Botanical beads are made from natural organic (as in plants, not necessarily "certified organic" or even "unsprayed") materials and as such are biodegradable. This will happen in most climates unless you prevent it.
That said, from my own experience, the worst experience I have had was that Job's tears stored in our storage locker were smelling a bit musty after a year. They were OK after I aired them out, and I never stored them there again.
This morning I got a phone call, a lady right here on on the Big Island made a necklace from mgambo/weleweka/velvet seeds and noticed some sand like substance. I told her to stick it in the freezer (as the freezing temperatures will kill any critters inside the beads) and my husband commented after I told him what the phone call was about "termites". Storing the beads in the freezer for a while will kill termites too. (I did not get whether she bought the beads from me or not)
Another thing I am aware of because a co-worker showed them to me (I actually have them here) is mold on weleweka seeds. I don't know how wet her earrings got, but she aired them out, here in Hilo, and that didn't prevent the mold. If you live in a humid/wet (and warm, even if only at the time, think even northern states/provinces/countries in the summer and in the southern hemisphere in what is winter here) climate and your botanical beads get wet you may want to dry them in the fridge or freezer.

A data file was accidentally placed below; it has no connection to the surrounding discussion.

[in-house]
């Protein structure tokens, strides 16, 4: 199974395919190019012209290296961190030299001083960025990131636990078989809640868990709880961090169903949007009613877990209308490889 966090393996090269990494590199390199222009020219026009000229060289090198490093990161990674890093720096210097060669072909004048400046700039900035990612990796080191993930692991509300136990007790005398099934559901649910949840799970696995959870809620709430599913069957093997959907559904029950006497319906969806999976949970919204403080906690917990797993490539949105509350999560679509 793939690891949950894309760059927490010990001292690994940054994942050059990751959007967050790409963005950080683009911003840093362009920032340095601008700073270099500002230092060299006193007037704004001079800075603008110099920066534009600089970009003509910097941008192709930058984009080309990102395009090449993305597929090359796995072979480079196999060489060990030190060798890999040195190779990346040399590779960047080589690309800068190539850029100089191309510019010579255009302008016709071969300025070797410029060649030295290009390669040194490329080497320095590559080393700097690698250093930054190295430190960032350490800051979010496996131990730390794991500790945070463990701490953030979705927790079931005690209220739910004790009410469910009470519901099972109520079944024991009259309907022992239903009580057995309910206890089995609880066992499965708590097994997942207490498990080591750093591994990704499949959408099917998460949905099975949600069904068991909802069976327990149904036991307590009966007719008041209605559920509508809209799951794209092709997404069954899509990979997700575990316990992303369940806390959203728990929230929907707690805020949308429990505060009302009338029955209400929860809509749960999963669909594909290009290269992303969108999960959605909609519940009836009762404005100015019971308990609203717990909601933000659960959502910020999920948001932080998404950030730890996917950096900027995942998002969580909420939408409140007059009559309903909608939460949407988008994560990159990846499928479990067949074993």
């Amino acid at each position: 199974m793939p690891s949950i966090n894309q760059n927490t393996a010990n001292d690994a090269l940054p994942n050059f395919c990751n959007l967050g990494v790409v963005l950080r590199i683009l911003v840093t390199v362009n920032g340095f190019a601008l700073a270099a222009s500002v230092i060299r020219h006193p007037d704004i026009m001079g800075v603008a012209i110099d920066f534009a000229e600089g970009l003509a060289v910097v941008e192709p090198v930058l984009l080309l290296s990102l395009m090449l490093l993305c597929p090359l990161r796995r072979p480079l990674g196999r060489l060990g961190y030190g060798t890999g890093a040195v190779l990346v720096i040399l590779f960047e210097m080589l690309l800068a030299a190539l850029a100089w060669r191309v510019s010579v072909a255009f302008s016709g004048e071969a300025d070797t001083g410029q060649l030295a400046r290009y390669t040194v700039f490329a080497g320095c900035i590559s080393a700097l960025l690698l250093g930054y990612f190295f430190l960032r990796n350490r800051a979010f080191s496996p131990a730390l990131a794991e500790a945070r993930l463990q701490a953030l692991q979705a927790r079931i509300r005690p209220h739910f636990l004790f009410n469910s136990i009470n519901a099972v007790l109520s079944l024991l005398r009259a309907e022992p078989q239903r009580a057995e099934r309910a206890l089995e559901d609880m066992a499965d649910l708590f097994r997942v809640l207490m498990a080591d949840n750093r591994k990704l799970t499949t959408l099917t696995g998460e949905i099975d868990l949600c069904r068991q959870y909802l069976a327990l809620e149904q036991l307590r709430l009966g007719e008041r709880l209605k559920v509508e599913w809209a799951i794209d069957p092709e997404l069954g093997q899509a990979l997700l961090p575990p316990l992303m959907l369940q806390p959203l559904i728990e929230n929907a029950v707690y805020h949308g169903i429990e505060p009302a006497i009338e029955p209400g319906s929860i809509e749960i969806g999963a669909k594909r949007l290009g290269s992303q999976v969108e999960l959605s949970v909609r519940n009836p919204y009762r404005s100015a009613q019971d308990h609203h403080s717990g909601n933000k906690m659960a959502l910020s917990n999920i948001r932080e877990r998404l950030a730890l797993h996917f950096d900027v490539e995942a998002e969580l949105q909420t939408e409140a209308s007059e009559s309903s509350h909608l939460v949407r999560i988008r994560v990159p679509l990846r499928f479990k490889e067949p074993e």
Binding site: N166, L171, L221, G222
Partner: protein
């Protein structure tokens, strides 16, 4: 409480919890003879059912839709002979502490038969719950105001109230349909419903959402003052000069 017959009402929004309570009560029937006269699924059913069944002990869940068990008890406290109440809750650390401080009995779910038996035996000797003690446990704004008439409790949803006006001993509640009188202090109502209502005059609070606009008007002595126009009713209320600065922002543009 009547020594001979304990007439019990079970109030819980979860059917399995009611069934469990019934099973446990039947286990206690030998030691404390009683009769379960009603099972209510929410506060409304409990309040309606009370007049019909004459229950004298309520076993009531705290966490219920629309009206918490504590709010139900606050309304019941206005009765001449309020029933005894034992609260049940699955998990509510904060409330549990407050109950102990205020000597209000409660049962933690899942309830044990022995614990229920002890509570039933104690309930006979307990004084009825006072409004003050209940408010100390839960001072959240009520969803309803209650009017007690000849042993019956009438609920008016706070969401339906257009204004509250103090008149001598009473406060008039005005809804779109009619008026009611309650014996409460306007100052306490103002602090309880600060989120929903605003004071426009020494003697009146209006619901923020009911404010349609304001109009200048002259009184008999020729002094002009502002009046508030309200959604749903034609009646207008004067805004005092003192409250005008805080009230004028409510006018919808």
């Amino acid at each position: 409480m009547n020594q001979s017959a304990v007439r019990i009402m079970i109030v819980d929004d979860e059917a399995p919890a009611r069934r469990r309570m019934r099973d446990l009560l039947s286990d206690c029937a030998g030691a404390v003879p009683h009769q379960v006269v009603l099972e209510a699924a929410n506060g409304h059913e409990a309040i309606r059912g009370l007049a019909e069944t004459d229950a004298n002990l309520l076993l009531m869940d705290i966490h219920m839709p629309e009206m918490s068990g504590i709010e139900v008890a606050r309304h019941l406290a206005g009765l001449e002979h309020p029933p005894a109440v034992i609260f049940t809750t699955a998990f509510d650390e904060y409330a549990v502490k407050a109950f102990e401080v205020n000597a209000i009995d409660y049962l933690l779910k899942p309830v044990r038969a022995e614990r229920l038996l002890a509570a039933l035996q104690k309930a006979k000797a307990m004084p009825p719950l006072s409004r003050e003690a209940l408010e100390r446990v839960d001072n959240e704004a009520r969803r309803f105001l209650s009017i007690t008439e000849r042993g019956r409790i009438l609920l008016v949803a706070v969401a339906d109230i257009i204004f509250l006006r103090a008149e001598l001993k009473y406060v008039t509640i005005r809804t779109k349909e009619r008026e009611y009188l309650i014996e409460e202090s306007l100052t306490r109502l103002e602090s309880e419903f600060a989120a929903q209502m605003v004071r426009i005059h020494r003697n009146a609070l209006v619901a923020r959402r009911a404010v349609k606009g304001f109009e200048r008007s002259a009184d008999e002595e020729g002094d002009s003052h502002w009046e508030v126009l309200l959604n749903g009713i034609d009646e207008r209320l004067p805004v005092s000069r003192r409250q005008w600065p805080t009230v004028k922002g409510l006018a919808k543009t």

Botanical beads may look like beach jewelry and if you only want to wear them while you're here/there that's fine, but they are not made to get wet. They may germinate if you get them wet enough for long enough if they're made from seeds. After all,l that's what they are.